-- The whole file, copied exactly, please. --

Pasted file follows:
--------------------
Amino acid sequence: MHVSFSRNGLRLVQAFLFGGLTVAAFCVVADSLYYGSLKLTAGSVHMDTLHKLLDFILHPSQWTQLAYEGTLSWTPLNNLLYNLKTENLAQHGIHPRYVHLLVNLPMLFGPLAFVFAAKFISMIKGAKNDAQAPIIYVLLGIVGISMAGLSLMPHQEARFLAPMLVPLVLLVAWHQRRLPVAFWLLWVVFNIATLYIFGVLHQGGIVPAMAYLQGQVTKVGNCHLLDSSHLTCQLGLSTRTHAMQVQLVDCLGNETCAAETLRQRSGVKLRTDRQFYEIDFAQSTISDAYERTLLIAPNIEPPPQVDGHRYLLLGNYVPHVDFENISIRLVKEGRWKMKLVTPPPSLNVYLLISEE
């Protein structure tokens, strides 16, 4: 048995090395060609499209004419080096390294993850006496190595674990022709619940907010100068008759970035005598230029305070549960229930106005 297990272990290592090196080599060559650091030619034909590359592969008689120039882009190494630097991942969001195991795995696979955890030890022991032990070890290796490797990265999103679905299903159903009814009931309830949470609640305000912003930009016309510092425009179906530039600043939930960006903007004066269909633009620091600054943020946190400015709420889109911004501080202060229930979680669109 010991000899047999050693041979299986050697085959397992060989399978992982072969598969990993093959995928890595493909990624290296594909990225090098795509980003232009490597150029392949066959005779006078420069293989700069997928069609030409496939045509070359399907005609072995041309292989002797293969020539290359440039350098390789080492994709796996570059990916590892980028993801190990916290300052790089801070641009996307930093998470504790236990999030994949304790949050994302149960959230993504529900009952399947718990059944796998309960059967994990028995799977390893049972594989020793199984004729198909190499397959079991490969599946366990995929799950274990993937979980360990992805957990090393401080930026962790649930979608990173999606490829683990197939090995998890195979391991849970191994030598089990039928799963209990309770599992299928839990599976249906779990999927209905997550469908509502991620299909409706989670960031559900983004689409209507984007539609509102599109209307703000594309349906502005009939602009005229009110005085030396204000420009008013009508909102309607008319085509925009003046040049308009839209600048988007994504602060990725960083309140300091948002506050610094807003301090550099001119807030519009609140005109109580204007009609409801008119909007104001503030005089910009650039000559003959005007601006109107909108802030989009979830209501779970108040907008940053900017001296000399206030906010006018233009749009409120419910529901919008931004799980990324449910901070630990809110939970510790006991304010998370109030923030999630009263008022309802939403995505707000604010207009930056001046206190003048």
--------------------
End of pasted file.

Amino acid sequence: MHVSFSRNGLRLVQAFLFGGLTVAAFCVVADSLYYGSLKLTAGSVHMDTLHKLLDFILHPSQWTQLAYEGTLSWTPLNNLLYNLKTENLAQHGIHPRYVHLLVNLPMLFGPLAFVFAAKFISMIKGAKNDAQAPIIYVLLGIVGISMAGLSLMPHQEARFLAPMLVPLVLLVAWHQRRLPVAFWLLWVVFNIATLYIFGVLHQGGIVPAMAYLQGQVTKVGNCHLLDSSHLTCQLGLSTRTHAMQVQLVDCLGNETCAAETLRQRSGVKLRTDRQFYEIDFAQSTISDAYERTLLIAPNIEPPPQVDGHRYLLLGNYVPHVDFENISIRLVKEGRWKMKLVTPPPSLNVYLLISEE
């Protein structure tokens, strides 16, 4: 048995090395060609499209004419080096390294993850006496190595674990022709619940907010100068008759970035005598230029305070549960229930106005 297990272990290592090196080599060559650091030619034909590359592969008689120039882009190494630097991942969001195991795995696979955890030890022991032990070890290796490797990265999103679905299903159903009814009931309830949470609640305000912003930009016309510092425009179906530039600043939930960006903007004066269909633009620091600054943020946190400015709420889109911004501080202060229930979680669109 010991000899047999050693041979299986050697085959397992060989399978992982072969598969990993093959995928890595493909990624290296594909990225090098795509980003232009490597150029392949066959005779006078420069293989700069997928069609030409496939045509070359399907005609072995041309292989002797293969020539290359440039350098390789080492994709796996570059990916590892980028993801190990916290300052790089801070641009996307930093998470504790236990999030994949304790949050994302149960959230993504529900009952399947718990059944796998309960059967994990028995799977390893049972594989020793199984004729198909190499397959079991490969599946366990995929799950274990993937979980360990992805957990090393401080930026962790649930979608990173999606490829683990197939090995998890195979391991849970191994030598089990039928799963209990309770599992299928839990599976249906779990999927209905997550469908509502991620299909409706989670960031559900983004689409209507984007539609509102599109209307703000594309349906502005009939602009005229009110005085030396204000420009008013009508909102309607008319085509925009003046040049308009839209600048988007994504602060990725960083309140300091948002506050610094807003301090550099001119807030519009609140005109109580204007009609409801008119909007104001503030005089910009650039000559003959005007601006109107909108802030989009979830209501779970108040907008940053900017001296000399206030906010006018233009749009409120419910529901919008931004799980990324449910901070630990809110939970510790006991304010998370109030923030999630009263008022309802939403995505707000604010207009930056001046206190003048």